Best bush material for Pintles & Gudgeons?

MiddayGun

Super Anarchist
1,178
442
Yorkshire
I have a transom hung rudder on my boat, when I first bough her there was a fair bit of play in the rudder, noticeable when shifting between pushing & pulling. 

I had a local guy bush them, I think he used some kind of Bronze alloy, which worked for a few years, but now I'm starting to get some small play back again. Nothing significant, but enough to be annoying.  
The alignment was also thrown out last time, making it hard to get the pin in, so I'm going to replace them all again and align them all the bench, just wondering what the best material is, maybe some kind of plastic?

Only the bottom bearing gets any lubrication, the top is out of the water.

IMG_0376.JPG

 

Zonker

Super Anarchist
9,641
5,607
Canada
Only a maniac tries to align 3 bushings.

Acetal if you want to try plastic. It doesn't swell very much (have to look it up). Other plastics are just too soft and will wear out. Nylon and UHMW both swell in water more.

 

MiddayGun

Super Anarchist
1,178
442
Yorkshire
Only a maniac tries to align 3 bushings.

Acetal if you want to try plastic. It doesn't swell very much (have to look it up). Other plastics are just too soft and will wear out. Nylon and UHMW both swell in water more.


Cheers. I'll look it up. 
And yeah, its the only rudder I've had with 3 sets of bearings. 

The centre one isn't a tight fit though, it's not bushed (and never was since I had the boat), not sure if it was intended for extra support but I can't see it doing an awful lot.
I'd get rid, but then I'd need to fill the holes, match the gelcoat colour & more than likely still have a patch that looks different under the bracket.

 

Will1073

Anarchist
743
138
Stainless pintles?
 

I have always gone for bronze bushings and had extras made that can be pressed in after a few years.

 

10thTonner

Hazard to Navigation
1,616
582
South of Spandau
I'd get rid, but then I'd need to fill the holes, match the gelcoat colour & more than likely still have a patch that looks different under the bracket.
First world problems, eh? 
 

How about taking a big drill and widening the center one so far that it doesn’t have any contact at all? Then it’s still there but only for decorative purposes.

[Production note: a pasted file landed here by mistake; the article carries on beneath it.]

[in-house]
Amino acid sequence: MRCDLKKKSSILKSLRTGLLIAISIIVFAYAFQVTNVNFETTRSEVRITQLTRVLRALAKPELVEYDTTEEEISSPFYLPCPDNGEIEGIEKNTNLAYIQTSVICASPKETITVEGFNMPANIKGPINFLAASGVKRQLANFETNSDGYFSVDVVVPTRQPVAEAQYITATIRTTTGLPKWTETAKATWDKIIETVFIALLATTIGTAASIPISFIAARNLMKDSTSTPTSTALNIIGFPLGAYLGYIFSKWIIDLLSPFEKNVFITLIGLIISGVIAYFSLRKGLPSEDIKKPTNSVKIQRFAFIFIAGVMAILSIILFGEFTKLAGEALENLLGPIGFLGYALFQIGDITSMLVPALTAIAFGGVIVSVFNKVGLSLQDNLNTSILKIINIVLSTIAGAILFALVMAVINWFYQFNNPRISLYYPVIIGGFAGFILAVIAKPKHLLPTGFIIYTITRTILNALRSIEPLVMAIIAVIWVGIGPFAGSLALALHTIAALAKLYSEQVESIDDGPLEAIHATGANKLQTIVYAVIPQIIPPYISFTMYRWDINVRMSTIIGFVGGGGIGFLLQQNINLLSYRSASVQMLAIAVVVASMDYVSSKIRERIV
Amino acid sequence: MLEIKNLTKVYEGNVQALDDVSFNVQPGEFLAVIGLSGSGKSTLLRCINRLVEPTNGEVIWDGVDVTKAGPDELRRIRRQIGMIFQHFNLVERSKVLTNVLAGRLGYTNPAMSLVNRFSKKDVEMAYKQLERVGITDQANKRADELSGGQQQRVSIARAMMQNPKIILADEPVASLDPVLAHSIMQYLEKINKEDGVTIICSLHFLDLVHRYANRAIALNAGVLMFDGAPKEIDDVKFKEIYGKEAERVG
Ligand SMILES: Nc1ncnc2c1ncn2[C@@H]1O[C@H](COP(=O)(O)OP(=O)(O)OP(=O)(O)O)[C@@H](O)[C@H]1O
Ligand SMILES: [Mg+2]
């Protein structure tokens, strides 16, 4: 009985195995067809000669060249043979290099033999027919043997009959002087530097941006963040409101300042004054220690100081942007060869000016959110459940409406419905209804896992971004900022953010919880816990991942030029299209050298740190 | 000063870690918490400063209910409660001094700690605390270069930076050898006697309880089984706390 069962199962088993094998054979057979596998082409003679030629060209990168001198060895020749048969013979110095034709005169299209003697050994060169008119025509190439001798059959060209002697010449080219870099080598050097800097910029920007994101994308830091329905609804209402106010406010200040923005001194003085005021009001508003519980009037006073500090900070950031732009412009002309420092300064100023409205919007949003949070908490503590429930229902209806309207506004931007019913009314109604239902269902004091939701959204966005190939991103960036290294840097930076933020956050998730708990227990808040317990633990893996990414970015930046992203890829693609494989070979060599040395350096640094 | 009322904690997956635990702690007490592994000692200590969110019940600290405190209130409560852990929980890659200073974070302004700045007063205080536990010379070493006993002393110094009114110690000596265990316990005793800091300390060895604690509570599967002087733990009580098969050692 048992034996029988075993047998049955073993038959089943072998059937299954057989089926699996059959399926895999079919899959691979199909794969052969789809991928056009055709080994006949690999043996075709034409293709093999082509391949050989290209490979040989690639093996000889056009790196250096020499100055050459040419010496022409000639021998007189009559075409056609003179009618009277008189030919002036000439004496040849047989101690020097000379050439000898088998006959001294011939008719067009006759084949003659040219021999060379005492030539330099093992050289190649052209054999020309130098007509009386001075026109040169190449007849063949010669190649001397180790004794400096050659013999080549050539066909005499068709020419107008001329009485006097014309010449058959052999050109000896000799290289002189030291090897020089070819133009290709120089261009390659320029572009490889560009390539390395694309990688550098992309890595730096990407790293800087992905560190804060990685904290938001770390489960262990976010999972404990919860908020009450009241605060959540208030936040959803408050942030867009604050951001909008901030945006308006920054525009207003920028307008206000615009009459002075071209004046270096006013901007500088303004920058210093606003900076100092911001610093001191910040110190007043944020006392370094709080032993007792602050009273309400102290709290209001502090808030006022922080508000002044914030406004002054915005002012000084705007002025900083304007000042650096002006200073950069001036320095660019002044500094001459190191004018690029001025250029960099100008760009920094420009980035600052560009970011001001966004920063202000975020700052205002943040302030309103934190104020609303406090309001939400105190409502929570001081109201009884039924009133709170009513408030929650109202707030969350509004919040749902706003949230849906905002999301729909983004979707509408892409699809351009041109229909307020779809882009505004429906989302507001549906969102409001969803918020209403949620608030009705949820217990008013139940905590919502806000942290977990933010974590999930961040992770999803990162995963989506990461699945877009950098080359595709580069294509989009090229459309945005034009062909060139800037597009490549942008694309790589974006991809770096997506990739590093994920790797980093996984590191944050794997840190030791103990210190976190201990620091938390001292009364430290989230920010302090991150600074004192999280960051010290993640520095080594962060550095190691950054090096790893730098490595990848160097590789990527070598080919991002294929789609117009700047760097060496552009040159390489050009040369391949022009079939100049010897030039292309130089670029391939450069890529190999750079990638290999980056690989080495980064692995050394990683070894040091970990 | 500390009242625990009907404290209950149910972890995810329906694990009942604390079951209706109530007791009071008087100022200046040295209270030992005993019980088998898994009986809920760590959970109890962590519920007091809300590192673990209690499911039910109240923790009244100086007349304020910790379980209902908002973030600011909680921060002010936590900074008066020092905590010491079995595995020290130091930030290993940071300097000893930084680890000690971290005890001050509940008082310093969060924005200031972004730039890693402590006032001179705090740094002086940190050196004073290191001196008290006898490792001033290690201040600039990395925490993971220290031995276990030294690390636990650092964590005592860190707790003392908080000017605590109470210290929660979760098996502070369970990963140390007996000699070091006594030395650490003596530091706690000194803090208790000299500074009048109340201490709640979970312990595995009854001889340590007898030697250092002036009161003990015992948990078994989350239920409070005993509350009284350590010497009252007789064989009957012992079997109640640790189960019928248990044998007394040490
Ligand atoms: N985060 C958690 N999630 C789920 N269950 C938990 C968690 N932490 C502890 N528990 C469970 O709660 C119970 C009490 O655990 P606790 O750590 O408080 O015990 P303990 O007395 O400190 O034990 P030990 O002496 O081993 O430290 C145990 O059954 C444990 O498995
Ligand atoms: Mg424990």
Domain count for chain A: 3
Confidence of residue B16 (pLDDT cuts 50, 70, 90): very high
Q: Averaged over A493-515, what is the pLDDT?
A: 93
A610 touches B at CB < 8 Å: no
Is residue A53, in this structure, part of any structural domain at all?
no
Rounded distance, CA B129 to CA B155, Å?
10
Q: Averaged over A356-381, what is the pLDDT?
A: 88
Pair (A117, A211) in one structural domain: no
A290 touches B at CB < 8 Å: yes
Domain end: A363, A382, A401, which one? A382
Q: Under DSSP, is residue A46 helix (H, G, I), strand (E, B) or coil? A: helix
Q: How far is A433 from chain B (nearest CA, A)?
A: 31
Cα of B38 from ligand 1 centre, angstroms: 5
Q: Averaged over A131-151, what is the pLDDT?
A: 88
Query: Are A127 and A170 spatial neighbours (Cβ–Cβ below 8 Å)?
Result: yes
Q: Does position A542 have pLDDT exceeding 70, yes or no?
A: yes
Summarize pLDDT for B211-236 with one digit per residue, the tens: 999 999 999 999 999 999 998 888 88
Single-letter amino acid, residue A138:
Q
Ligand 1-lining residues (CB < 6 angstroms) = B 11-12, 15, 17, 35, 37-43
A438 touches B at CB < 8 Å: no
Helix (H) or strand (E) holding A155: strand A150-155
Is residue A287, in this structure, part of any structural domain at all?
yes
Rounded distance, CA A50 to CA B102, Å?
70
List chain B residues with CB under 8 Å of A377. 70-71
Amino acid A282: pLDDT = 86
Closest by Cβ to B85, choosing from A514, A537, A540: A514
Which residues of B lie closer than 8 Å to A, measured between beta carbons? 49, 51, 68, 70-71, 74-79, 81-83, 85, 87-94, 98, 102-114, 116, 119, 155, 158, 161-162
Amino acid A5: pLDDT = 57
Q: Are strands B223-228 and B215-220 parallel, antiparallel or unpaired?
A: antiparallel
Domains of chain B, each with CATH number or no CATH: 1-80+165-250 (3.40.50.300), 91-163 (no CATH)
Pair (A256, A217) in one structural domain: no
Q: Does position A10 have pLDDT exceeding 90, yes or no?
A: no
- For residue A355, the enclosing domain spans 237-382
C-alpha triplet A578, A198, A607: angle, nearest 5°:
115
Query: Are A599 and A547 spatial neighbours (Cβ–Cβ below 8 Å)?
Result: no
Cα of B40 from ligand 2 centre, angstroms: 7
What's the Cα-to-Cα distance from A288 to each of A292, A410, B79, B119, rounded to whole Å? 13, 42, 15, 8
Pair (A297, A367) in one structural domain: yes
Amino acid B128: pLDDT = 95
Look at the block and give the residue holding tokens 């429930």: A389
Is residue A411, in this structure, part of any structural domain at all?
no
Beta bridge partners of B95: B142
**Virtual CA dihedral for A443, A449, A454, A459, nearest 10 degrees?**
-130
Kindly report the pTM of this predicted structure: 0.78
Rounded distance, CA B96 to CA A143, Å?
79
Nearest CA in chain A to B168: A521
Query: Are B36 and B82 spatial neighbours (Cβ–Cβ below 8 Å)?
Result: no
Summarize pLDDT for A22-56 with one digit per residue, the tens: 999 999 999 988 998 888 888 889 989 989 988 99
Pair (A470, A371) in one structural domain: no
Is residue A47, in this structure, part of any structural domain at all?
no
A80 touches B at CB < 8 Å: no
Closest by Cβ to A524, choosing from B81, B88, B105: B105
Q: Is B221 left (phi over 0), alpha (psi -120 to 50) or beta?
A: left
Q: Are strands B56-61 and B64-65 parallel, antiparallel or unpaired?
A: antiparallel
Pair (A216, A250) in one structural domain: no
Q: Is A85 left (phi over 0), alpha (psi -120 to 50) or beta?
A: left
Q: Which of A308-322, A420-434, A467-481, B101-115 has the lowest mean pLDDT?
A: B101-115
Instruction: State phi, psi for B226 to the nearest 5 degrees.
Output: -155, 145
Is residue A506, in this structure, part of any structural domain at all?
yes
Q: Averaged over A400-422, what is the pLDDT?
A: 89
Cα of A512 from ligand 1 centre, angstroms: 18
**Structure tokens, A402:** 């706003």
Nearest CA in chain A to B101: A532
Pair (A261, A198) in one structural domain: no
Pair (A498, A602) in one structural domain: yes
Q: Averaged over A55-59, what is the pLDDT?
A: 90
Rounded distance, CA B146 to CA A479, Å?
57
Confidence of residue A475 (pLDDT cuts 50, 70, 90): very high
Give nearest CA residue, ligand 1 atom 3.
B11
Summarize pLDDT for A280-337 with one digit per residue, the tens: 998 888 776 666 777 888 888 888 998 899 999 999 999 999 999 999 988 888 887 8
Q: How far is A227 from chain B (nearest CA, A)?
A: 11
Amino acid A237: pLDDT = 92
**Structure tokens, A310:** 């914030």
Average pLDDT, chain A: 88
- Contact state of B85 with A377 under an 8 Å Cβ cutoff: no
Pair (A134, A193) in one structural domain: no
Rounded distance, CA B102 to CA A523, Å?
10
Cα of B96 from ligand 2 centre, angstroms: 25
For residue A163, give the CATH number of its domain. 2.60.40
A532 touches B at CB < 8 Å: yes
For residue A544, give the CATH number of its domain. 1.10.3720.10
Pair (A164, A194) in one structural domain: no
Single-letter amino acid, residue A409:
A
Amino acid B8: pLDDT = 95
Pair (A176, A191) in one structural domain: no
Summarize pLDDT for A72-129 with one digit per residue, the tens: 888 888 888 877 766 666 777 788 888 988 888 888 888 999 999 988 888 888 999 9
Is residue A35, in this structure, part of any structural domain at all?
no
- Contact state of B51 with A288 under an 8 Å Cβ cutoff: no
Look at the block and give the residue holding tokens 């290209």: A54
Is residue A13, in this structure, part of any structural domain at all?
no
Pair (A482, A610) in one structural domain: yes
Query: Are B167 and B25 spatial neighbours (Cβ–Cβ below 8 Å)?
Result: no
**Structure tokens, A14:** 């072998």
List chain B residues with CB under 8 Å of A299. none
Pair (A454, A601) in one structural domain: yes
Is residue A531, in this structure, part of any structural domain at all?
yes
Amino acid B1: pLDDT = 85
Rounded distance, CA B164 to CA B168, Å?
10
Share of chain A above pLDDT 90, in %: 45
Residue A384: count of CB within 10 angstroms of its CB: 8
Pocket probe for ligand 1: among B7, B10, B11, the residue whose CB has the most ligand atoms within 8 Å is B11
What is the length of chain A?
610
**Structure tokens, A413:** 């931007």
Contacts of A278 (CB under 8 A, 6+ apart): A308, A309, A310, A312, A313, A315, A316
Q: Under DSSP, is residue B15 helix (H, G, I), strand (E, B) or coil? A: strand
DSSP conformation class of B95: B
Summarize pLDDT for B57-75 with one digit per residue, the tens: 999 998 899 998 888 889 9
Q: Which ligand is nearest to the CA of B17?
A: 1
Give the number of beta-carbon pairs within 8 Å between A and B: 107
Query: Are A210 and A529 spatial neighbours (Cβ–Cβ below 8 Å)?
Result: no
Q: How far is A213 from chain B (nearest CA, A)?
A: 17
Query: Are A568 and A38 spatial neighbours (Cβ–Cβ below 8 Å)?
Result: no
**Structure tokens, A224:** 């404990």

Another idea would de filling the holes with… screws! Nobody would know they don’t serve any other purpose than covering these holes. 

 
Last edited by a moderator:

MiddayGun

Super Anarchist
1,178
442
Yorkshire
Another idea would de filling the holes with… screws! Nobody would know they don’t serve any other purpose than covering these holes. 
I would though, so its not happening. 

I'll leave it for the moment, it doesn't seem to be doing much anyway right now & as I said above, its not a tight fit. Presumably Rob Humphries put it there for some reason other than keeping the stainless fabricator busy.  

 

IanA.

Anarchist
801
522
Amsterdam
I have a transom hung rudder on my boat, when I first bough her there was a fair bit of play in the rudder, noticeable when shifting between pushing & pulling. 

I had a local guy bush them, I think he used some kind of Bronze alloy, which worked for a few years, but now I'm starting to get some small play back again. Nothing significant, but enough to be annoying.  
The alignment was also thrown out last time, making it hard to get the pin in, so I'm going to replace them all again and align them all the bench, just wondering what the best material is, maybe some kind of plastic?

Only the bottom bearing gets any lubrication, the top is out of the water.

View attachment 501753


How tight do the pins fit inside the holes of hull mounted gudgeons? You might be getting excessive wear because of asymmetric loading on the pin. Consider welding the pins in place to the hull mounted brackets(turning them into pintles).  A bit like the Seasure style pintles below but obviously sized accordingly to your loads. 

image.png

Alternatively you could go with a top and bottom supported gudgeon which is probably more robust and easier to align. These are what the melges 24s use with fast pins for easy removal. 

image.png

image.png

 

MiddayGun

Super Anarchist
1,178
442
Yorkshire
How tight do the pins fit inside the holes of hull mounted gudgeons? You might be getting excessive wear because of asymmetric loading on the pin. Consider welding the pins in place to the hull mounted brackets(turning them into pintles).  A bit like the Seasure style pintles below but obviously sized accordingly to your loads. 

View attachment 502383

Alternatively you could go with a top and bottom supported gudgeon which is probably more robust and easier to align. These are what the melges 24s use with fast pins for easy removal. 

View attachment 502384

View attachment 502382
I'm erring towards your last suggestion to be honest. 
Remove the middle set entirely & replace the top & bottom with two sides ones formed from 316 stainless plate, something like the J/88 ones.

image.png

I'll keep the single long bearing shaft / pin. 
I've been meaning to set up a laser level line across the back of the keel & rudder to check for alignment for a while now as the helm feels different on opposite tacks. At the same time I can re-align the brackets with some thickened epoxy underneath to so that they naturally find their best alignment. (not sure if I how I described it makes sense, but it does in my head! 

 

Zonker

Super Anarchist
9,641
5,607
Canada
Thicken epoxy with cabosil but also a bit of milled fibers for such high load bearing pads such as you suggest. Good idea by the way.

 

Latest posts




Top